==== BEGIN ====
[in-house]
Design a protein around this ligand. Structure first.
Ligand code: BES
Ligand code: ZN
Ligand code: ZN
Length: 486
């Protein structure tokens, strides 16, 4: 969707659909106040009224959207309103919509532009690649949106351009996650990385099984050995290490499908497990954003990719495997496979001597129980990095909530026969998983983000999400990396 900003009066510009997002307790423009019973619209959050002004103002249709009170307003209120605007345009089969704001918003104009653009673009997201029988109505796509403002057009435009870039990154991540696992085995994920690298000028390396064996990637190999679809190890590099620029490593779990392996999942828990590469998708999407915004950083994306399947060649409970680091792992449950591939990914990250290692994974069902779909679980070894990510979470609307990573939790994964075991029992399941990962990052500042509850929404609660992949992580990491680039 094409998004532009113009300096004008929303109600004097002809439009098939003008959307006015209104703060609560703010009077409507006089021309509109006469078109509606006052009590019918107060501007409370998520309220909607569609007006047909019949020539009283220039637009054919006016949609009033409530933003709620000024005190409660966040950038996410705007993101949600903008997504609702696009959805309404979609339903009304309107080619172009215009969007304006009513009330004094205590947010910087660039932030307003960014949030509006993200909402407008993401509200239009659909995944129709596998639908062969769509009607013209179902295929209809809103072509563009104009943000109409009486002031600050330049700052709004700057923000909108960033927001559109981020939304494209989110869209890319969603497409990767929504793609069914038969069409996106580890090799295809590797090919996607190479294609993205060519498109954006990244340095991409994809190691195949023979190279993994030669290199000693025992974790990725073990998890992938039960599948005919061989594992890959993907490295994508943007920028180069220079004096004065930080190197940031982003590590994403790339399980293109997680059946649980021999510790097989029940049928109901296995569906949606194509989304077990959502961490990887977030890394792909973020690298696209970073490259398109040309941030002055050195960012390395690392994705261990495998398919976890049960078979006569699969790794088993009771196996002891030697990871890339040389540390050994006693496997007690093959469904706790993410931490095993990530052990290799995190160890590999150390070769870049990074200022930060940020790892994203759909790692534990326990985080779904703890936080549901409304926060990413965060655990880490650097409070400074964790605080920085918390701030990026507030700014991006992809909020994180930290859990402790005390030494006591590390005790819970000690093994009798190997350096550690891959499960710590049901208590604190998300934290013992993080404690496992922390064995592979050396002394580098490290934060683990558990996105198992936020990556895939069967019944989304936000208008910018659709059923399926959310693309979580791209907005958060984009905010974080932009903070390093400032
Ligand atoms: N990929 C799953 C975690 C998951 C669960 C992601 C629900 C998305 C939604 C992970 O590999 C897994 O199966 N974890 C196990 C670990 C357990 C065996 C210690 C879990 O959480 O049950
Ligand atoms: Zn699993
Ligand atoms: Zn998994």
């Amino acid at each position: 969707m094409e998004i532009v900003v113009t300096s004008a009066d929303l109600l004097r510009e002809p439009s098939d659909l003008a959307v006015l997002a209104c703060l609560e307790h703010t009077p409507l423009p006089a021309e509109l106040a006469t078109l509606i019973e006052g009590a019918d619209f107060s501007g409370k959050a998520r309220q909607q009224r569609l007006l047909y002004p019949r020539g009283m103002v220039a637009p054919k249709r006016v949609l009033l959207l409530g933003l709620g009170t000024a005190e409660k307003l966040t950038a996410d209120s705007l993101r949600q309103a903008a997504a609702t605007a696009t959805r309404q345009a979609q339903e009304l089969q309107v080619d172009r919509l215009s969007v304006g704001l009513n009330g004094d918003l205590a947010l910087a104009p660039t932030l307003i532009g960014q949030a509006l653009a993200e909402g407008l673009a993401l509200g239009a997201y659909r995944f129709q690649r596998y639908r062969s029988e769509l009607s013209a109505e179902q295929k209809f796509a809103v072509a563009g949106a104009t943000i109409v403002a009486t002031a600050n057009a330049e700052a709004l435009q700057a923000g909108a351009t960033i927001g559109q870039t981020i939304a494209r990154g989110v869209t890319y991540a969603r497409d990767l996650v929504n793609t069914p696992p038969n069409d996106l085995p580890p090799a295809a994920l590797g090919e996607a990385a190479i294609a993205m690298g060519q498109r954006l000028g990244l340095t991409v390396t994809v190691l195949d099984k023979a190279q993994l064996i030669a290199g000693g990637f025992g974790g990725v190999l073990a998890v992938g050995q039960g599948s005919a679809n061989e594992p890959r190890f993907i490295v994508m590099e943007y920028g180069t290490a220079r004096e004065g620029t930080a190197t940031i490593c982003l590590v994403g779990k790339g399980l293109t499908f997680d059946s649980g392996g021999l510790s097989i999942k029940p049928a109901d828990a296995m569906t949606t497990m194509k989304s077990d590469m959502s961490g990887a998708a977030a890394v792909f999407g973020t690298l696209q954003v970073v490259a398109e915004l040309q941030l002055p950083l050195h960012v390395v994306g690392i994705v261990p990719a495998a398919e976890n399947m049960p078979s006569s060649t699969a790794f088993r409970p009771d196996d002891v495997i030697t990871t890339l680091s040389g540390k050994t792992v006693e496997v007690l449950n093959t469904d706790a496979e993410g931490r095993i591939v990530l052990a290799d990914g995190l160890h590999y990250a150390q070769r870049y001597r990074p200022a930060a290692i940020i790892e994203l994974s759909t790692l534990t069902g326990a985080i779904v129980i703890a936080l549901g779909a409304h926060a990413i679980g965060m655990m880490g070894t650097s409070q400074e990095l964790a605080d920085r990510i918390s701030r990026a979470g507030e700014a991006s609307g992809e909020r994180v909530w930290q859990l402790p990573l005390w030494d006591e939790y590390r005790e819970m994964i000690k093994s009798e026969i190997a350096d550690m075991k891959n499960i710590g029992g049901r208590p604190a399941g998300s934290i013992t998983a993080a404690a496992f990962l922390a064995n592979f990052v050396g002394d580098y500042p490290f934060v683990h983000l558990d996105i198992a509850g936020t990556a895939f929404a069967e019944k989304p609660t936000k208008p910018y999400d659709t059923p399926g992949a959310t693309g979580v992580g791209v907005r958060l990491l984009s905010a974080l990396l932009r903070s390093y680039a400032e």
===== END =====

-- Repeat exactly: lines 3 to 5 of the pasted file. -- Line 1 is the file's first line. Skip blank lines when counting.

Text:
Ligand code: BES
Ligand code: ZN
Ligand code: ZN